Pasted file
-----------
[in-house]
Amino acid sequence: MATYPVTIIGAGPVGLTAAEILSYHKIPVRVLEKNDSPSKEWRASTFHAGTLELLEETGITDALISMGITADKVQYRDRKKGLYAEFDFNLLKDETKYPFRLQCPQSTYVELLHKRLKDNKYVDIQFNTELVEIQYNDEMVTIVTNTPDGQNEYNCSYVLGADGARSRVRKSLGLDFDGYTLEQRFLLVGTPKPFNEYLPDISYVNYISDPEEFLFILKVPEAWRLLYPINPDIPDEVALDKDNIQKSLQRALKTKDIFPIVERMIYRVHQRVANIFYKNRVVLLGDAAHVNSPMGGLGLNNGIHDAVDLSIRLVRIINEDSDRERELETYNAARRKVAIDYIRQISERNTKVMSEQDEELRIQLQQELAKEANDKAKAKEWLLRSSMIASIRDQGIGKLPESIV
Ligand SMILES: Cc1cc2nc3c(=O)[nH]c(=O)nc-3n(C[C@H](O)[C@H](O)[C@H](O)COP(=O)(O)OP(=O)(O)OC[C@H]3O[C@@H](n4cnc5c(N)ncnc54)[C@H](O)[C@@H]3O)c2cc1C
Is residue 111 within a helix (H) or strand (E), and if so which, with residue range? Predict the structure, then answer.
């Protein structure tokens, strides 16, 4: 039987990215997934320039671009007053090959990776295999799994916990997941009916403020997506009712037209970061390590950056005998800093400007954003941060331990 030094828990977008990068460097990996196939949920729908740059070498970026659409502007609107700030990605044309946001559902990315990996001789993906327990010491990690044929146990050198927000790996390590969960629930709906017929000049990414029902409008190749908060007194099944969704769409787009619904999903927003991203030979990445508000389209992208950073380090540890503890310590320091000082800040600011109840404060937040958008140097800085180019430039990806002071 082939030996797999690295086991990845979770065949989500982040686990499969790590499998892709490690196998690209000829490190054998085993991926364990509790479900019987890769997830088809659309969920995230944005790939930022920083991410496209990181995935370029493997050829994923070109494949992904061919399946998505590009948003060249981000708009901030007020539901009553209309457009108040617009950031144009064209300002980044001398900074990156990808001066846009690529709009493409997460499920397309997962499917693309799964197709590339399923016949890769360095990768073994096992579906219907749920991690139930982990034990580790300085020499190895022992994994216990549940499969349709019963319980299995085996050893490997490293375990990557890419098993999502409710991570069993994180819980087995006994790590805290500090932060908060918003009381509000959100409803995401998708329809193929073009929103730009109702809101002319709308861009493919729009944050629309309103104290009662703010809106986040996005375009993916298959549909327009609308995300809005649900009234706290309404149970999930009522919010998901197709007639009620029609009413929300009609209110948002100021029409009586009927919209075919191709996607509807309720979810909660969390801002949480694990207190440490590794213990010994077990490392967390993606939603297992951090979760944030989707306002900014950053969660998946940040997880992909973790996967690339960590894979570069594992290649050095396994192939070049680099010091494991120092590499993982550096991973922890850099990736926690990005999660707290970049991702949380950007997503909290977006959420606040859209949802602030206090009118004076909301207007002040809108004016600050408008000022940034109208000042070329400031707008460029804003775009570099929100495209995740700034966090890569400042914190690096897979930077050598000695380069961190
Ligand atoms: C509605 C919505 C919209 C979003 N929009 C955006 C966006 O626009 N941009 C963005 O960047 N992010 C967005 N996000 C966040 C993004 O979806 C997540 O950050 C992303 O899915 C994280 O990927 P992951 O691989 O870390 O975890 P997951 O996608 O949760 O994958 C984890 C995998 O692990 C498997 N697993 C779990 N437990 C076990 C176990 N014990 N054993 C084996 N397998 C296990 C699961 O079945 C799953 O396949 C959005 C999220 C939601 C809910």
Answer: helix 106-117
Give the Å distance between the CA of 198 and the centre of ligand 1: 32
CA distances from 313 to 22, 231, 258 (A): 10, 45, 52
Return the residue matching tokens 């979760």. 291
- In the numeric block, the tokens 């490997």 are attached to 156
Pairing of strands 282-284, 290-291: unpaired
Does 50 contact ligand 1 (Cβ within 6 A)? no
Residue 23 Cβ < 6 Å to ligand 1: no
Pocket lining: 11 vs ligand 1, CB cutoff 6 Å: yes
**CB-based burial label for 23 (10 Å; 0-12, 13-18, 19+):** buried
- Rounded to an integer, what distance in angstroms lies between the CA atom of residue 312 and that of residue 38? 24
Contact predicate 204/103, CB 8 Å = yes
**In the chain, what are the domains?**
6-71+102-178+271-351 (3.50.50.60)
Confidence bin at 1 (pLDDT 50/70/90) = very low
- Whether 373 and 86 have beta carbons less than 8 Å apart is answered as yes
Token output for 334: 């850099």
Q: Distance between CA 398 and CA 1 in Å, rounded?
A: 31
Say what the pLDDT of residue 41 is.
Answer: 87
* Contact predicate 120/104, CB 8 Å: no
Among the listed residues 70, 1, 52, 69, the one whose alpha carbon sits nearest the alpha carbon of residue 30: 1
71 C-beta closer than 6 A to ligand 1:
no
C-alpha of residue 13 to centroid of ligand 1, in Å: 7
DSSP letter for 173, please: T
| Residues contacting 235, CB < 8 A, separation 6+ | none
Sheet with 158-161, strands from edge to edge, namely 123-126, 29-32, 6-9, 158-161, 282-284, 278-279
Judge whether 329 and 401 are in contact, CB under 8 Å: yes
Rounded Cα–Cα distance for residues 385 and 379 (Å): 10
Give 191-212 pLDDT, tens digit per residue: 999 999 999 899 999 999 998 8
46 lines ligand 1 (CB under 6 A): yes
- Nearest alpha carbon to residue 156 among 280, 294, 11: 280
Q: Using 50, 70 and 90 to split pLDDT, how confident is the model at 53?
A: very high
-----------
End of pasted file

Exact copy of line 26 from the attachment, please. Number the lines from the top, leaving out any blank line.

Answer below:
Say what the pLDDT of residue 41 is.